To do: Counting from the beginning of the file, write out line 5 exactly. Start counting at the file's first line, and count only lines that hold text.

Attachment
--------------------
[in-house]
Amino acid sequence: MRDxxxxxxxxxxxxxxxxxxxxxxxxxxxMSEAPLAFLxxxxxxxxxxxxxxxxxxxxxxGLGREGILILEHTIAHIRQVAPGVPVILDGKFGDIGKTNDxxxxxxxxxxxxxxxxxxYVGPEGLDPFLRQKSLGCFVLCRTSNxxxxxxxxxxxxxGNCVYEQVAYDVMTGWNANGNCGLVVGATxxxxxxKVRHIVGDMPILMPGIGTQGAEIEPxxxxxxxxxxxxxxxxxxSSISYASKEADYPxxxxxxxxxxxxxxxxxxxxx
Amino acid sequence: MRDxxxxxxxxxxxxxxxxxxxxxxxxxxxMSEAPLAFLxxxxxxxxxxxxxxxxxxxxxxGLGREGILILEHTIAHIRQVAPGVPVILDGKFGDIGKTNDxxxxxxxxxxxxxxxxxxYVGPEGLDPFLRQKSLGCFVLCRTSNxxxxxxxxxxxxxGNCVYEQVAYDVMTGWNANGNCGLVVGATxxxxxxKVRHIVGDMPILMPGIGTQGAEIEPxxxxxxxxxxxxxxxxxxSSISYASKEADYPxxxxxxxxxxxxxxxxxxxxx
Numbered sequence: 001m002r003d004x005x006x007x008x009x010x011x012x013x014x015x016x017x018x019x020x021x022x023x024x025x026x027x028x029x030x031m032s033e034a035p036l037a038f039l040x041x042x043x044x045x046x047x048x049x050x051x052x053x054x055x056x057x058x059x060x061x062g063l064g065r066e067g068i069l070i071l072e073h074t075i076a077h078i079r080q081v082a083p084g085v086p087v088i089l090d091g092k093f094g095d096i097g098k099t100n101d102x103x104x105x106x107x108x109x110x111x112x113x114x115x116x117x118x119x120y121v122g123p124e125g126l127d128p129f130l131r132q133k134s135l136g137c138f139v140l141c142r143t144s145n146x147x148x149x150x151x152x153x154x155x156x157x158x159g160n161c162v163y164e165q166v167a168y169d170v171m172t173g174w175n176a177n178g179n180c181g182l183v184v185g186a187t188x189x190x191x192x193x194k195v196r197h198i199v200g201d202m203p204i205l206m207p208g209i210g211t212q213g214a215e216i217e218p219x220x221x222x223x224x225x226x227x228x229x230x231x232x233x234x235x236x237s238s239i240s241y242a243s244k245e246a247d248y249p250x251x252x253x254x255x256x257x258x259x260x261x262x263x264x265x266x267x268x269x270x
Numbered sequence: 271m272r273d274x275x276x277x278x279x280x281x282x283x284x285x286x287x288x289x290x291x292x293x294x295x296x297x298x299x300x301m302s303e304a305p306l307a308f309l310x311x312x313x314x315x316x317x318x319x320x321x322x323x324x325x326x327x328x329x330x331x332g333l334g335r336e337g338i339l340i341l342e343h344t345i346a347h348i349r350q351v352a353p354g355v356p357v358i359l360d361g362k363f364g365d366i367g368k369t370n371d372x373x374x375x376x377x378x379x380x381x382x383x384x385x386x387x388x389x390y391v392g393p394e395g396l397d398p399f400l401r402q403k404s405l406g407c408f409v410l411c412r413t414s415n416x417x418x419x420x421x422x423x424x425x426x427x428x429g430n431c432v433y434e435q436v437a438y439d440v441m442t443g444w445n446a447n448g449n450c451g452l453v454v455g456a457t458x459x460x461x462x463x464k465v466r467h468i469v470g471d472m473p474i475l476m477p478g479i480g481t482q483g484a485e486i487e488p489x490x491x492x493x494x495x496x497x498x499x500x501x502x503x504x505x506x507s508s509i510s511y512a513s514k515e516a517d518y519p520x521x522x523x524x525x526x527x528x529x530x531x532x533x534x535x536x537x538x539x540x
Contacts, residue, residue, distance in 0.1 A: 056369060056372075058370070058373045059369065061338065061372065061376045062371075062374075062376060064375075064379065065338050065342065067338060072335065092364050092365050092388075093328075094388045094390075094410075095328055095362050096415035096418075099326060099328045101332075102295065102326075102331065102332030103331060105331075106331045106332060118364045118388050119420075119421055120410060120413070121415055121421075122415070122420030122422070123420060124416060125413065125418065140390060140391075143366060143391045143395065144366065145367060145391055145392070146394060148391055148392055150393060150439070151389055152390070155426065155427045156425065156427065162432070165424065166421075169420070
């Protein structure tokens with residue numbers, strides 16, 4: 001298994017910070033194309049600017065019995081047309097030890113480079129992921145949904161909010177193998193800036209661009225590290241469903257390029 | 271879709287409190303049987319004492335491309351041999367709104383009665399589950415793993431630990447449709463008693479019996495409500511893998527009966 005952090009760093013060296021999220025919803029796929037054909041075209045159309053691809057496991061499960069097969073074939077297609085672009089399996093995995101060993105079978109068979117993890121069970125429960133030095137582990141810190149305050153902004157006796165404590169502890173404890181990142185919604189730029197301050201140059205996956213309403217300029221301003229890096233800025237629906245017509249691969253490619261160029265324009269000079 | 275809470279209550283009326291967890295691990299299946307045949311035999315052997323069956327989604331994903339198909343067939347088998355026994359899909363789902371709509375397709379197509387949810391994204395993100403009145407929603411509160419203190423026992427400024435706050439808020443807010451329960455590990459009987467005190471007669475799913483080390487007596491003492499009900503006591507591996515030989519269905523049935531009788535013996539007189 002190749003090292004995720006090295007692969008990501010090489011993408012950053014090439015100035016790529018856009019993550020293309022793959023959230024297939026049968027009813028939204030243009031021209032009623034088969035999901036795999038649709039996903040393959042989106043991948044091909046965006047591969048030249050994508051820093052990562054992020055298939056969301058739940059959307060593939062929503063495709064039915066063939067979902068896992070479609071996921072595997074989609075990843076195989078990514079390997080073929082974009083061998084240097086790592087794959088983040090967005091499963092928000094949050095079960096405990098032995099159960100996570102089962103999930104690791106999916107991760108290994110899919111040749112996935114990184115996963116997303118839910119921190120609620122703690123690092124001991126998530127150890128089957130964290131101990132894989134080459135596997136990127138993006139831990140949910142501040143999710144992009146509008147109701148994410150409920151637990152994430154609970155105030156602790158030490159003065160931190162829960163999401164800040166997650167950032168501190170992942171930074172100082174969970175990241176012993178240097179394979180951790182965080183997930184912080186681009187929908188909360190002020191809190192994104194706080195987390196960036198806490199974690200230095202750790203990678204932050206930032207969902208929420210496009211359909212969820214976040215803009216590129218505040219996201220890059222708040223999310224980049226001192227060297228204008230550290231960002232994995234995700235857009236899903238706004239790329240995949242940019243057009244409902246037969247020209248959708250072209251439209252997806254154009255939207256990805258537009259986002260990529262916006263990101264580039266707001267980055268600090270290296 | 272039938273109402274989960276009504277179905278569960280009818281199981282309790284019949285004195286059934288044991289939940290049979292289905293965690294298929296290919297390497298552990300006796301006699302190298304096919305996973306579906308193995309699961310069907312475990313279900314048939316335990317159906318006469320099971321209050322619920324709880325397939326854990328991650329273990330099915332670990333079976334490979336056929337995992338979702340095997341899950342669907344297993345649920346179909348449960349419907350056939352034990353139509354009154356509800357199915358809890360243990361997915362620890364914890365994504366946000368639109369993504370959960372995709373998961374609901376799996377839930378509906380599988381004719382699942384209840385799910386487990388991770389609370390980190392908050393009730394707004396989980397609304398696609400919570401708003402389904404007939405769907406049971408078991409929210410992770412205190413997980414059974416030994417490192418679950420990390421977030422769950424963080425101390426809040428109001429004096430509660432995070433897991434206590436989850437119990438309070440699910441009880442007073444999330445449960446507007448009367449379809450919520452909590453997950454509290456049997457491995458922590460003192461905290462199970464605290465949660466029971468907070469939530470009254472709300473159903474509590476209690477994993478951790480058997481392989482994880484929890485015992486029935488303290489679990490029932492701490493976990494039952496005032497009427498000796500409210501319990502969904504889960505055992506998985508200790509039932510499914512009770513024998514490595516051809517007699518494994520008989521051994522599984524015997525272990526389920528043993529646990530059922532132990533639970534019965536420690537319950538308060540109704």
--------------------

Numbered sequence: 271m272r273d274x275x276x277x278x279x280x281x282x283x284x285x286x287x288x289x290x291x292x293x294x295x296x297x298x299x300x301m302s303e304a305p306l307a308f309l310x311x312x313x314x315x316x317x318x319x320x321x322x323x324x325x326x327x328x329x330x331x332g333l334g335r336e337g338i339l340i341l342e343h344t345i346a347h348i349r350q351v352a353p354g355v356p357v358i359l360d361g362k363f364g365d366i367g368k369t370n371d372x373x374x375x376x377x378x379x380x381x382x383x384x385x386x387x388x389x390y391v392g393p394e395g396l397d398p399f400l401r402q403k404s405l406g407c408f409v410l411c412r413t414s415n416x417x418x419x420x421x422x423x424x425x426x427x428x429g430n431c432v433y434e435q436v437a438y439d440v441m442t443g444w445n446a447n448g449n450c451g452l453v454v455g456a457t458x459x460x461x462x463x464k465v466r467h468i469v470g471d472m473p474i475l476m477p478g479i480g481t482q483g484a485e486i487e488p489x490x491x492x493x494x495x496x497x498x499x500x501x502x503x504x505x506x507s508s509i510s511y512a513s514k515e516a517d518y519p520x521x522x523x524x525x526x527x528x529x530x531x532x533x534x535x536x537x538x539x540x